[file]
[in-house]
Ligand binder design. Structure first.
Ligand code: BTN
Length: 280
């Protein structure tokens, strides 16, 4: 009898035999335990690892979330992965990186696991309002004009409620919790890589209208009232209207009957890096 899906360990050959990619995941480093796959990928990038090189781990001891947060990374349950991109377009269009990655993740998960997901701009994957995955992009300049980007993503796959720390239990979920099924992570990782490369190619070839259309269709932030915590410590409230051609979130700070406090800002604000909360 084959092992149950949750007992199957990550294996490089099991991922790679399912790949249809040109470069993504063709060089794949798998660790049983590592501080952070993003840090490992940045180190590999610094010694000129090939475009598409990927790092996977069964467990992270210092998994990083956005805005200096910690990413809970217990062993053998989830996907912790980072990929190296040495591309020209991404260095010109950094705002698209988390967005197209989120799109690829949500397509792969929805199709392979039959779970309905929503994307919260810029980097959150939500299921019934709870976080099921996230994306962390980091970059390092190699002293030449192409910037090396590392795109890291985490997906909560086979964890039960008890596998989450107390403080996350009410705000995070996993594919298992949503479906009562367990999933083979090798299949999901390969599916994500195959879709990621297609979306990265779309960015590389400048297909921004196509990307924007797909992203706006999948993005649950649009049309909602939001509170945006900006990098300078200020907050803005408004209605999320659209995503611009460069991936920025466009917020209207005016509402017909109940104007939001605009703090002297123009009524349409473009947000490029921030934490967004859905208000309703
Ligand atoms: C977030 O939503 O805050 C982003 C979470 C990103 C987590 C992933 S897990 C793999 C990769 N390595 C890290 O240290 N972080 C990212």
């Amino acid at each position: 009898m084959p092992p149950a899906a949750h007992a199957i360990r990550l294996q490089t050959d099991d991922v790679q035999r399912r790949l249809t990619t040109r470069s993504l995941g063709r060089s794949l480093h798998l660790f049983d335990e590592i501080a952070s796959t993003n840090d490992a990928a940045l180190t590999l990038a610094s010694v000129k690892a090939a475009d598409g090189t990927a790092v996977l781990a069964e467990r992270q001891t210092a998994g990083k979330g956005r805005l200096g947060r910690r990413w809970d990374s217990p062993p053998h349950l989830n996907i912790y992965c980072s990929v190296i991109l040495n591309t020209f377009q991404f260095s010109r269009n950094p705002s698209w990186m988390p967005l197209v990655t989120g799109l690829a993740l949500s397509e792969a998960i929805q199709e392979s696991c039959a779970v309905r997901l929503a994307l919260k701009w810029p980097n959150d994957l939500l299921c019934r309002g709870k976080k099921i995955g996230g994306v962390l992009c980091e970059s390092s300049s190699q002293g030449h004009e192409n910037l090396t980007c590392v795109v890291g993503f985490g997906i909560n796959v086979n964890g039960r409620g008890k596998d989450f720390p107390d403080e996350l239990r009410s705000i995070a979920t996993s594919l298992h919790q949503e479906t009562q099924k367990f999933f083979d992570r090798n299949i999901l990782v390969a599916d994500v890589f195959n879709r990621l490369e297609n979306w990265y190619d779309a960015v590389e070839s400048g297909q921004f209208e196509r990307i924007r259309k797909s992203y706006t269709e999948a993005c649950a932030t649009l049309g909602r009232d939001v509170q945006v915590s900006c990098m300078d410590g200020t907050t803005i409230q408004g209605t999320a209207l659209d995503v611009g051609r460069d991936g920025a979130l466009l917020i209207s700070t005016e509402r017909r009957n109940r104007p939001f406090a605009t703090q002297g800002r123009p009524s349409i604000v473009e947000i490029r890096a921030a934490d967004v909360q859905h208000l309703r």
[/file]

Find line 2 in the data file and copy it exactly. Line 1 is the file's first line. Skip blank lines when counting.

Ligand binder design. Structure first.